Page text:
Rachael Saunders has written a blog for Left Food Forward, arguing that Labour urgently needs a leader who will lead for women.
Sadly, for many of us, the 2010 election campaign will be remembered as the one in which women were near invisible. Despite having an excellent woman deputy leader wholeheartedly committed to women’s equality, and despite the record numbers of women MPs elected since 1997, we still need to do more if we are to fully represent the communities we seek to serve. This isn’t just an issue with gender – we need to be more diverse in every way – but women are half of every community.
I am glad that we have a woman on the ballot paper in this leadership election. We still need to hold each of the leadership contenders to account. A group of women activists have signed up to a letter to try and make sure that happens.
There is a policy debate to be had, and we must make sure that women’s voices are heard in that, but that is not the primary purpose of this letter. This letter sets out what we believe the leader of the Labour Party needs to do to ensure our party operates in a way that reflects the importance we all place on equality.
There are a number of policy issues that are often categorised as “women’s issues”. I want a leader who leads on rape legislation just as he leads on anti social behaviour, on childcare as on school standards. Women MPs have made the running on issues such as domestic violence, childcare and flexible working, and I am grateful to them. Now our male leaders must also take responsibility.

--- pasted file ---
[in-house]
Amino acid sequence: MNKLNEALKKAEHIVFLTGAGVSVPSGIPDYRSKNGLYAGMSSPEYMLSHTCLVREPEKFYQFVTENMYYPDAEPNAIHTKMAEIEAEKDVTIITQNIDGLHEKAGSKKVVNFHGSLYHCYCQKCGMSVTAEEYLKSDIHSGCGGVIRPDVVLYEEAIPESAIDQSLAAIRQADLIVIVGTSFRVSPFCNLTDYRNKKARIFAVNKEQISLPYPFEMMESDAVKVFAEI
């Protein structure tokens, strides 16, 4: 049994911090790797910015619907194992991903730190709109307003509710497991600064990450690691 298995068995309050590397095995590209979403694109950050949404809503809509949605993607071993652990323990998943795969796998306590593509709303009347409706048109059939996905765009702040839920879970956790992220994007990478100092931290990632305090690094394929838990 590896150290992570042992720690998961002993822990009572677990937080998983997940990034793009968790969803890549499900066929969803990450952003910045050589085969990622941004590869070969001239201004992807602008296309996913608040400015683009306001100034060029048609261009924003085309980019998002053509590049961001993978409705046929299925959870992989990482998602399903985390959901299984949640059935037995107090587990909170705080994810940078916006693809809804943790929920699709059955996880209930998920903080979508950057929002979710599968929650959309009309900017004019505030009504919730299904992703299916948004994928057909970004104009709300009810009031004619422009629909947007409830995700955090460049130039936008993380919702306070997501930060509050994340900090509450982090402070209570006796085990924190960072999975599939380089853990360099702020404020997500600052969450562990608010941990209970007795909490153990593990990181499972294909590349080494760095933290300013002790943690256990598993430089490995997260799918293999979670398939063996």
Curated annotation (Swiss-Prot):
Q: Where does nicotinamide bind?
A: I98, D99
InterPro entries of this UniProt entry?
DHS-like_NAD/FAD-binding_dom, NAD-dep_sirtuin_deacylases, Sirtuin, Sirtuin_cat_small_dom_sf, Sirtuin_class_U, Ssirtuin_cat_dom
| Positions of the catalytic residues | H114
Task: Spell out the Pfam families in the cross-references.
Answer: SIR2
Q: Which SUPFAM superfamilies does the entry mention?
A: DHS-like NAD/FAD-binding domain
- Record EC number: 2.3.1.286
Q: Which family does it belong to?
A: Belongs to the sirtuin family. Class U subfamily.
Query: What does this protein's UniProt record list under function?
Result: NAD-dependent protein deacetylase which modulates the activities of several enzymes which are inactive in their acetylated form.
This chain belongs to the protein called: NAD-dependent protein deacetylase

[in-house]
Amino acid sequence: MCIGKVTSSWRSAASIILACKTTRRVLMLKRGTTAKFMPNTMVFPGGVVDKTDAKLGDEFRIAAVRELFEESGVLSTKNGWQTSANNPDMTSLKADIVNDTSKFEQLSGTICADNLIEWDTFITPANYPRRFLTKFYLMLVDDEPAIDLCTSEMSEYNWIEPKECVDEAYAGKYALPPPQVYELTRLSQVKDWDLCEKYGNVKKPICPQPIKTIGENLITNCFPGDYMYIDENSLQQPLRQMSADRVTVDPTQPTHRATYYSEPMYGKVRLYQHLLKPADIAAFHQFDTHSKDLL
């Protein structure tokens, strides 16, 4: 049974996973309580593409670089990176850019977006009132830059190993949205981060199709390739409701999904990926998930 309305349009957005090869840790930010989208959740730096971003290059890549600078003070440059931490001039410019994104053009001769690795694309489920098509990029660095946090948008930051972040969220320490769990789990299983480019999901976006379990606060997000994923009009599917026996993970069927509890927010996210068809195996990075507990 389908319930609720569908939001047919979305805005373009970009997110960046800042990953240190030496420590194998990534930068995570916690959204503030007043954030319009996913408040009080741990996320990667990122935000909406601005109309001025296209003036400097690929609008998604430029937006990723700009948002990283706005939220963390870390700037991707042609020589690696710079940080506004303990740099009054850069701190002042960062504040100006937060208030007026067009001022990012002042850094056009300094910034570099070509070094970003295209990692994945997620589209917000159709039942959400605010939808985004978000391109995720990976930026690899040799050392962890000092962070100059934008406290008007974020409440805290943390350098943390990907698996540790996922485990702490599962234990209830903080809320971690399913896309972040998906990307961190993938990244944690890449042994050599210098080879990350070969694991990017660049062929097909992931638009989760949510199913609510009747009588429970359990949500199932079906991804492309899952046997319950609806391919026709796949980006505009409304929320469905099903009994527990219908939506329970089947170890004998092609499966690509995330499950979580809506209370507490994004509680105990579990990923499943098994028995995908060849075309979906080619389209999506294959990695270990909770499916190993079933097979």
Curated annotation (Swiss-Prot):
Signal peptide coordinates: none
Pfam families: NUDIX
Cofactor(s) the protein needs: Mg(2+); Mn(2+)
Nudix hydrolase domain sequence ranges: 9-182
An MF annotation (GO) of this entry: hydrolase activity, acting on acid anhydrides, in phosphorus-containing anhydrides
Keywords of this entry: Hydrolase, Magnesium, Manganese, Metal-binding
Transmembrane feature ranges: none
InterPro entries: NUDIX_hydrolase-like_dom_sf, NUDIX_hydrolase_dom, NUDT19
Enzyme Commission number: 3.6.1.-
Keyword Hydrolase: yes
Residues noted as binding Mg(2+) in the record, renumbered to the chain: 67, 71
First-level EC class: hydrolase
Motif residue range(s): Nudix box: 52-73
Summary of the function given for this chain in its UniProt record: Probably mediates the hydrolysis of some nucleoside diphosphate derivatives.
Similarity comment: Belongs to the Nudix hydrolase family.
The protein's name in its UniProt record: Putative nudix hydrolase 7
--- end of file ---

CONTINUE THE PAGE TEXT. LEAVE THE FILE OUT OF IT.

We are also calling for gender balance throughout the shadow ministerial team and in local government. We elected a record number of women in 1997, but still we are in a position where only one was willing to stand for leader. That has to change next time, and one step is giving women opportunities in shadow office. Women’s voices must be heard at every level and in every policy area.
Local government is also important. We have the chance to exercise power at council level and in some devolved bodies over the next five years; let’s make women’s voices are heard equally there too.
Too often in the Labour Party I am disheartened and I see others knocked by casual sexism, whether it be the assumption that you’ll make the tea because you’re the only girl in the room, or outright sexual harassment. We can change that, but it will take a real political willing to admit that there’s a problem, and real leadership from the top.
Let’s make sure our next leader leads for women. We’ll be asking all the leadership contenders what they think of our proposals – I hope you will too. Read the full text of our letter on lead4women.wordpress.com and do sign up in support if you too want to see a leader that Leads for Women.